"If the bride decides not to buy a wedding dress, her family insists that she must, otherwise relatives will gossip," said Paria Karimi, 28, who was shopping for a bridal gown in downtown Tehran.Amin Rafiei, a recently married 34-year-old civil engineer, said his family rented a wedding hall for ,000 and that he also had to buy gold jewelry for the bride."Our parents forced us to provide dinner, fruit, candy and beverages for 250 guests at the wedding party," he said.After several years of successful policies aimed at curbing population growth, Iran, with a population of 80 million, has begun encouraging young people to marry and have more children.
A woman walking openly in the streets with a man who is not related to her could easily attract the attention of police officials.
Nonetheless, young Iranians date furtively and have even found ways around firewalls that prevent computers from accessing dating sites.
detailed two dates he scheduled in Tehran using the dating app Tinder, which he notes was founded by two Iranian Americans.
“Even though on several occasions I’d been stopped by the patrolling moral guidance authorities who questioned my relationship with the woman I’d been walking with, in many other ways dating is no longer as complicated as it once was,” he writes, noting that his dates, while unsuccessful in finding him a wife, were possible under Sharia law and that young Iranians have a desire to use services like Tinder, where they can browse other singles and choose with whom they wish to speak.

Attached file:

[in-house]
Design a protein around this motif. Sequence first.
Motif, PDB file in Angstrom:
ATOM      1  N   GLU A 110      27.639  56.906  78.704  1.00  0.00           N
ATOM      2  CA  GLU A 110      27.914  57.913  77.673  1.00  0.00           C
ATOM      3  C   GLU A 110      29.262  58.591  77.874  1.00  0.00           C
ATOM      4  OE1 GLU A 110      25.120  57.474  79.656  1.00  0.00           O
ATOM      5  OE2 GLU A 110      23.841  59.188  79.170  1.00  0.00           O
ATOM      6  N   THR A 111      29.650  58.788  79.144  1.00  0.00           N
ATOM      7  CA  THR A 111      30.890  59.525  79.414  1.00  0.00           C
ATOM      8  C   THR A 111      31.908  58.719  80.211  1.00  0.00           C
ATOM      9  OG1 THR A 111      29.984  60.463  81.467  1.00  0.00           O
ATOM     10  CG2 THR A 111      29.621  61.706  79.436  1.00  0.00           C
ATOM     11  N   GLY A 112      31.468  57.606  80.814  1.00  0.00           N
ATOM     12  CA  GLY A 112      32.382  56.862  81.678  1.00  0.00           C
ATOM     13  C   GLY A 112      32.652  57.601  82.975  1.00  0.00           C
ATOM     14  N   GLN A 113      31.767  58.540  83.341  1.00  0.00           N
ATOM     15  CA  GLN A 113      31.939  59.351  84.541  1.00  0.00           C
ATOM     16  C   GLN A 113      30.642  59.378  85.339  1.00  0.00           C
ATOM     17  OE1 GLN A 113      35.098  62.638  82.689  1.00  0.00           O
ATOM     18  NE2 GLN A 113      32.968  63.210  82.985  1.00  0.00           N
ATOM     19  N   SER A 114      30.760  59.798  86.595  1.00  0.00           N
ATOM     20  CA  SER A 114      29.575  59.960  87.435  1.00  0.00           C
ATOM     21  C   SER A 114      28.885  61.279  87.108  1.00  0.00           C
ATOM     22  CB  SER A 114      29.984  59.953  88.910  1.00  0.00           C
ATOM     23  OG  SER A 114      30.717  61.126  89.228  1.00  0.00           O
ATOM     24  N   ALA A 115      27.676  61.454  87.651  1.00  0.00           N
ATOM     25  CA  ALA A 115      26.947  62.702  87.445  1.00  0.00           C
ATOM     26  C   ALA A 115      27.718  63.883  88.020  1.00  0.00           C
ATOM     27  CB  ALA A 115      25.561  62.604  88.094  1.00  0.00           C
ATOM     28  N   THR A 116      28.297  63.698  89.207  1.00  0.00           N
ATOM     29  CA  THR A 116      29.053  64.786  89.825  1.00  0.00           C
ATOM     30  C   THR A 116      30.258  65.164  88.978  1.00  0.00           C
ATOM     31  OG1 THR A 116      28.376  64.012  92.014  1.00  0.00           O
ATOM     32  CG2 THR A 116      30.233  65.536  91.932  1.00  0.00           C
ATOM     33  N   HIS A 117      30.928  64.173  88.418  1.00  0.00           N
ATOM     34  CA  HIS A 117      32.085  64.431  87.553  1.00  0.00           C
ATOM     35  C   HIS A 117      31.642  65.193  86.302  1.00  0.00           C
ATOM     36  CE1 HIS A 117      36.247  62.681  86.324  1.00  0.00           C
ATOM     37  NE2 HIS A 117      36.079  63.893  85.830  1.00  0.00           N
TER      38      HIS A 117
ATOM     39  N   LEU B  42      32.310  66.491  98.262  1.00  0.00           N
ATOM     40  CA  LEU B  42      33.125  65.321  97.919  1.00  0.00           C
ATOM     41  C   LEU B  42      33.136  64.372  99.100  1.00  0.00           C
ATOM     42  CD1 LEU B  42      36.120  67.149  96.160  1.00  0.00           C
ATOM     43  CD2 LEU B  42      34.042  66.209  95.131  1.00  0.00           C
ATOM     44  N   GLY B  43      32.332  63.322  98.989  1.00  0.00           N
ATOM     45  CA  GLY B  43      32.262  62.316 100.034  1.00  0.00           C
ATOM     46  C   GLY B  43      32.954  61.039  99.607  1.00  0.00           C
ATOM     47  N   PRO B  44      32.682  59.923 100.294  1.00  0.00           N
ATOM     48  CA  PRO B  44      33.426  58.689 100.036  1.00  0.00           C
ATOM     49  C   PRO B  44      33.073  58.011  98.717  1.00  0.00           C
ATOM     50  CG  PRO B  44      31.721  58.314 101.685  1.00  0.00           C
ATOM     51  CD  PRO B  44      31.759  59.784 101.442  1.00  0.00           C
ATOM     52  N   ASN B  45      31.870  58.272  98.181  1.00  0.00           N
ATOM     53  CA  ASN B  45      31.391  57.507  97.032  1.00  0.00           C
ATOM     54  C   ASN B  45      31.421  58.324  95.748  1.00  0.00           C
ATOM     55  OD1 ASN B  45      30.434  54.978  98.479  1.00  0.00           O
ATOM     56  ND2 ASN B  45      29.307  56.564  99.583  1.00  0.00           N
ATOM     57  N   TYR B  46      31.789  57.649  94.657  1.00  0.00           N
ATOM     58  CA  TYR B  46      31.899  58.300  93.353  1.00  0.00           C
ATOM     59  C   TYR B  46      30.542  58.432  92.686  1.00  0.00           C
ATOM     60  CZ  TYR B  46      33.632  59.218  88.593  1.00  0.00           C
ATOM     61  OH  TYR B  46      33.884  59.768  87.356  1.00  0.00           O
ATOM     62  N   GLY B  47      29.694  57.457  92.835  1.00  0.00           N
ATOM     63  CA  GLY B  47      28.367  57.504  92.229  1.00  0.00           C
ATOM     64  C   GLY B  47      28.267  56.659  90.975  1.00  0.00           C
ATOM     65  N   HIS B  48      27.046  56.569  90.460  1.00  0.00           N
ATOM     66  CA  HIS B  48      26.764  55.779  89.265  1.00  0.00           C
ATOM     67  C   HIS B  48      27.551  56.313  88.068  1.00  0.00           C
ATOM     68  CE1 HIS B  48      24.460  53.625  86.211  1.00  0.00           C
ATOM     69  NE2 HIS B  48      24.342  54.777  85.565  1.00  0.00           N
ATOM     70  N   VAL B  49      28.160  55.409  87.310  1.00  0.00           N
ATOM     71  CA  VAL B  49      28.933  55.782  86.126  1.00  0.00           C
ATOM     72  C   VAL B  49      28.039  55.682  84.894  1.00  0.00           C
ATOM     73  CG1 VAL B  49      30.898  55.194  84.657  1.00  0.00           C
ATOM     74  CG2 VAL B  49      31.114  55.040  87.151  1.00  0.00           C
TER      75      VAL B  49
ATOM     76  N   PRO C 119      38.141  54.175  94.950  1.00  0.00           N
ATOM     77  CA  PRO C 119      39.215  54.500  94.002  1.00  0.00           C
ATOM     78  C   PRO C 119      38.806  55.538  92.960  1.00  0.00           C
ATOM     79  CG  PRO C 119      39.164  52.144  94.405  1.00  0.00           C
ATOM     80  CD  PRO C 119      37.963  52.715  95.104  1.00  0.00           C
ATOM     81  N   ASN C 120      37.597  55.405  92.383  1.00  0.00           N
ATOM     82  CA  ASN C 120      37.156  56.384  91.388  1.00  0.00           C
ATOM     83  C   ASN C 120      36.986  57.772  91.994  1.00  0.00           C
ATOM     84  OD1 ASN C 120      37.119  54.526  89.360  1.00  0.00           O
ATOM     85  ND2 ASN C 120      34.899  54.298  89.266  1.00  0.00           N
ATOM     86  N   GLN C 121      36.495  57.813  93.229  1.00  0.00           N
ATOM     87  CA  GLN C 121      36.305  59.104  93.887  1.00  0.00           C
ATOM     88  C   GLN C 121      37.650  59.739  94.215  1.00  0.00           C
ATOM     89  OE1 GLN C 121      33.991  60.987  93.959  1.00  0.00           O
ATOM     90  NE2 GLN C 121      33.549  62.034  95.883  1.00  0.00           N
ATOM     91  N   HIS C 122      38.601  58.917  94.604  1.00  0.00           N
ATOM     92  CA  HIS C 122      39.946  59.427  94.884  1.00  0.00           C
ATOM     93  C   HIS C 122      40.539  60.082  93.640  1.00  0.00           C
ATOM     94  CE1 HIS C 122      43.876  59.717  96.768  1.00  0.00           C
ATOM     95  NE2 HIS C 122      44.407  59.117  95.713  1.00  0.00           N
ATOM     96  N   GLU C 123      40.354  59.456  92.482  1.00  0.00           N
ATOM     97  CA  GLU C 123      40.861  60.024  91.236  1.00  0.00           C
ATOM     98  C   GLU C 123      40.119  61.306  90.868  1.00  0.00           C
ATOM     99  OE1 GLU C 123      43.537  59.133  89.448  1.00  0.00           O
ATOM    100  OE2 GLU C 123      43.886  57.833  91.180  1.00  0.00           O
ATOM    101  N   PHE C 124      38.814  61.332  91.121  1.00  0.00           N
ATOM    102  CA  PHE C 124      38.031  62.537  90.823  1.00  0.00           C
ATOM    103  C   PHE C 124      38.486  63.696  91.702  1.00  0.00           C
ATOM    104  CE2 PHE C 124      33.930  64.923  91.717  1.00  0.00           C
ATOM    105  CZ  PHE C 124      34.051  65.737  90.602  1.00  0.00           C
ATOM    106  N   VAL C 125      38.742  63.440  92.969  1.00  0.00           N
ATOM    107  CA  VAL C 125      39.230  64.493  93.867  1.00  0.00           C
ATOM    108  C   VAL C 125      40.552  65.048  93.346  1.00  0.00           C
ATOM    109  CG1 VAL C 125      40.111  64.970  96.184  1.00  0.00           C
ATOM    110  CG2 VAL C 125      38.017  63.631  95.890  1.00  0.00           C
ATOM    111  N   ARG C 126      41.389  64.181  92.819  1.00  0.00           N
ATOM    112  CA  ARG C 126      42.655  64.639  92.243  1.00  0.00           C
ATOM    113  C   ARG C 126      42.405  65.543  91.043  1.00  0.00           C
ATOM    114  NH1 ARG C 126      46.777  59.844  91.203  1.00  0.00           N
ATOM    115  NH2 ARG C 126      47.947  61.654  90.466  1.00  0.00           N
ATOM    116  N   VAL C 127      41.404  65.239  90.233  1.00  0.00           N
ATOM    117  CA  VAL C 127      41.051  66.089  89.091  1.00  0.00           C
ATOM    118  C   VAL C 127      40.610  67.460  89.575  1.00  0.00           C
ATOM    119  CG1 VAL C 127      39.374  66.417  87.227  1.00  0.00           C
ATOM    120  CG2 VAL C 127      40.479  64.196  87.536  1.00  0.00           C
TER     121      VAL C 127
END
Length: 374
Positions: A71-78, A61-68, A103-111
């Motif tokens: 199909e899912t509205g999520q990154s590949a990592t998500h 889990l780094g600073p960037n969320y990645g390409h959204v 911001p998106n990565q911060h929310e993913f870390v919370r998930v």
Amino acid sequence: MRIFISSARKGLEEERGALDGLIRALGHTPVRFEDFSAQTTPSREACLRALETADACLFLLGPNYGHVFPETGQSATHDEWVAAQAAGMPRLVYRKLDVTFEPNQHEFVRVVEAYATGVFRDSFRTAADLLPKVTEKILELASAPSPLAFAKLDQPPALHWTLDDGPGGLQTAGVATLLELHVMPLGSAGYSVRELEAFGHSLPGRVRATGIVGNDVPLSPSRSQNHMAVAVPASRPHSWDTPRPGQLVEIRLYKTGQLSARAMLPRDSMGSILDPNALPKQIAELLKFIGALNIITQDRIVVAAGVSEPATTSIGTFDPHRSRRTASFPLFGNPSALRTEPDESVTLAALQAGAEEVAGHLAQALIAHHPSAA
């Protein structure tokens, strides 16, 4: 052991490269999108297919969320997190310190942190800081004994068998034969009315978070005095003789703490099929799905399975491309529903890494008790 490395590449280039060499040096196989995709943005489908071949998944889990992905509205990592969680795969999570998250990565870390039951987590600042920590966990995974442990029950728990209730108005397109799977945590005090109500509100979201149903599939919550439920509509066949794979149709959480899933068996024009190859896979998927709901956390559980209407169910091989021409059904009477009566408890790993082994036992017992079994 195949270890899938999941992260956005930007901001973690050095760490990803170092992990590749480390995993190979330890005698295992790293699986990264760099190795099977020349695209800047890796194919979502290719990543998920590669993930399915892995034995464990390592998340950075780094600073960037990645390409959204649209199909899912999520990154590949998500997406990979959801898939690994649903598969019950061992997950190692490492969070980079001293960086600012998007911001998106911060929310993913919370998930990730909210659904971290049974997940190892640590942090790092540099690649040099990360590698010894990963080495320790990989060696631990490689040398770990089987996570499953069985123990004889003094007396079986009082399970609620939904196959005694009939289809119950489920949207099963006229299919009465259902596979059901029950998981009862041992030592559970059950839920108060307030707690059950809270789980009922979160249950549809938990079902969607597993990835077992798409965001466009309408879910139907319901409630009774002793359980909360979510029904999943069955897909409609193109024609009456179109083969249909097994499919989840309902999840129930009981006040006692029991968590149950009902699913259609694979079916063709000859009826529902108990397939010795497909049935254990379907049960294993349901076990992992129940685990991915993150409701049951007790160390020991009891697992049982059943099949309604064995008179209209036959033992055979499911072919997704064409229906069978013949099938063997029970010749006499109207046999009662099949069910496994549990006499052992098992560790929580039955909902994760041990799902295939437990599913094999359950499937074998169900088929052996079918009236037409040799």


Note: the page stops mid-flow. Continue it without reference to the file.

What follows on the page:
The Associated Press reports the site, hamsan.tebyan.net, launched on Monday and is encouraging single people to subscribe.
“We have high demand for marriage and 11 million bachelors who are increasing every day,” said Deputy Minister of Youth Affairs and Sports Mahmoud Golzari of the website, adding that it is “not a website for introducing boys and girls to each other.” Instead, the website will rely on a panel of “experts,” including religious scholars, doctors, and other professionals in each community, to sift through subscribers and match them for marriage.But an economic downturn fueled in part by international sanctions over Iran's disputed nuclear program has made it difficult for young couples to afford the cost of weddings and starting households.Families are expected to host lavish wedding ceremonies.This greatly increases the chance of an individual never marrying and alarm bells are ringing,” says Zohreh Hosseini, the website project manager at Tebyan.“The drop in marriage rates is one of the most important challenges facing the country today.At Tebyan, they have come up with a solution to prevent what they call sexual relations out of wedlock.